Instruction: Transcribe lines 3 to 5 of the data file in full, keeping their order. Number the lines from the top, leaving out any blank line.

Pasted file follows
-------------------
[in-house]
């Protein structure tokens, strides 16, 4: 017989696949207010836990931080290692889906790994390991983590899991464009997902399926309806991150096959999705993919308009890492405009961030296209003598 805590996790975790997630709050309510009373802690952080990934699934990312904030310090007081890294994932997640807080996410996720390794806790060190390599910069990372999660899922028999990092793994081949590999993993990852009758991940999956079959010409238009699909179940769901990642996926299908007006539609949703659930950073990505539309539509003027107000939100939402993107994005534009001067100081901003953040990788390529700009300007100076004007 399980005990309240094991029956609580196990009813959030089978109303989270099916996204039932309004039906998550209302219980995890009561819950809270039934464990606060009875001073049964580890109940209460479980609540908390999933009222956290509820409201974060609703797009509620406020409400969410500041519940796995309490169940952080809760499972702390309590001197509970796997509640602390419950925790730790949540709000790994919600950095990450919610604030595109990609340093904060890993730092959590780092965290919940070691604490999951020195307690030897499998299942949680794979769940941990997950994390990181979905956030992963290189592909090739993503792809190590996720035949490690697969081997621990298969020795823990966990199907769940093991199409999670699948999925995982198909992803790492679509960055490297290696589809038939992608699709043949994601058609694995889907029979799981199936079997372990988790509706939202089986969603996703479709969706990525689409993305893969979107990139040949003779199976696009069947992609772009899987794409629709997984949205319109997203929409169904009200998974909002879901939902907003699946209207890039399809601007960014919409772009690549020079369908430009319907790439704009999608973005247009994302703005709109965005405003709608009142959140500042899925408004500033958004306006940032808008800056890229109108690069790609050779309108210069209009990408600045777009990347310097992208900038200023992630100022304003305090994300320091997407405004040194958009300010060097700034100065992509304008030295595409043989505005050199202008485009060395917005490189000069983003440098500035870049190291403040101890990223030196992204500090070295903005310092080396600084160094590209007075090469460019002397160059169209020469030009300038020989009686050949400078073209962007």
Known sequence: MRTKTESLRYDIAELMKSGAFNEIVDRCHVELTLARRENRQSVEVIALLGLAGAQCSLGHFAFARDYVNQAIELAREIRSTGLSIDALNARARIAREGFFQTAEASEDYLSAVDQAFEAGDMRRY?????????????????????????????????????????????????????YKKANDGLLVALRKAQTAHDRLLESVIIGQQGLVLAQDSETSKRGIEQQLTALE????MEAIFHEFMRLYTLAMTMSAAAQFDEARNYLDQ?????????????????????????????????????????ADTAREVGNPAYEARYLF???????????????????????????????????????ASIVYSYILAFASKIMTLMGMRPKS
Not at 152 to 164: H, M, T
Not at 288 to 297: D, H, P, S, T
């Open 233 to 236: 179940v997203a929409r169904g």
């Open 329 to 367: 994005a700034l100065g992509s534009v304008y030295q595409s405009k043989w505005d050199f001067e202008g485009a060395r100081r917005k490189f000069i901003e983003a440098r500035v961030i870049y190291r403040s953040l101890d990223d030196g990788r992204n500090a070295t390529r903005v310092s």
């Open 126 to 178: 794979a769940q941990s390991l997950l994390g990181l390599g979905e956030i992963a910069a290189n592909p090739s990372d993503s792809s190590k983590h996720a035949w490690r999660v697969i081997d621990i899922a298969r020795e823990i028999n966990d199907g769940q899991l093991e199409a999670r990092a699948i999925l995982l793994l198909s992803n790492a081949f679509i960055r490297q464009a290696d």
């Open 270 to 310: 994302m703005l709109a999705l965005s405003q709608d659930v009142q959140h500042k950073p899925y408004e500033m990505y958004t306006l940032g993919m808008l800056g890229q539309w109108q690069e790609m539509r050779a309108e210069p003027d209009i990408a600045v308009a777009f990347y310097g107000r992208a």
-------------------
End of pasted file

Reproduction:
Known sequence: MRTKTESLRYDIAELMKSGAFNEIVDRCHVELTLARRENRQSVEVIALLGLAGAQCSLGHFAFARDYVNQAIELAREIRSTGLSIDALNARARIAREGFFQTAEASEDYLSAVDQAFEAGDMRRY?????????????????????????????????????????????????????YKKANDGLLVALRKAQTAHDRLLESVIIGQQGLVLAQDSETSKRGIEQQLTALE????MEAIFHEFMRLYTLAMTMSAAAQFDEARNYLDQ?????????????????????????????????????????ADTAREVGNPAYEARYLF???????????????????????????????????????ASIVYSYILAFASKIMTLMGMRPKS
Not at 152 to 164: H, M, T
Not at 288 to 297: D, H, P, S, T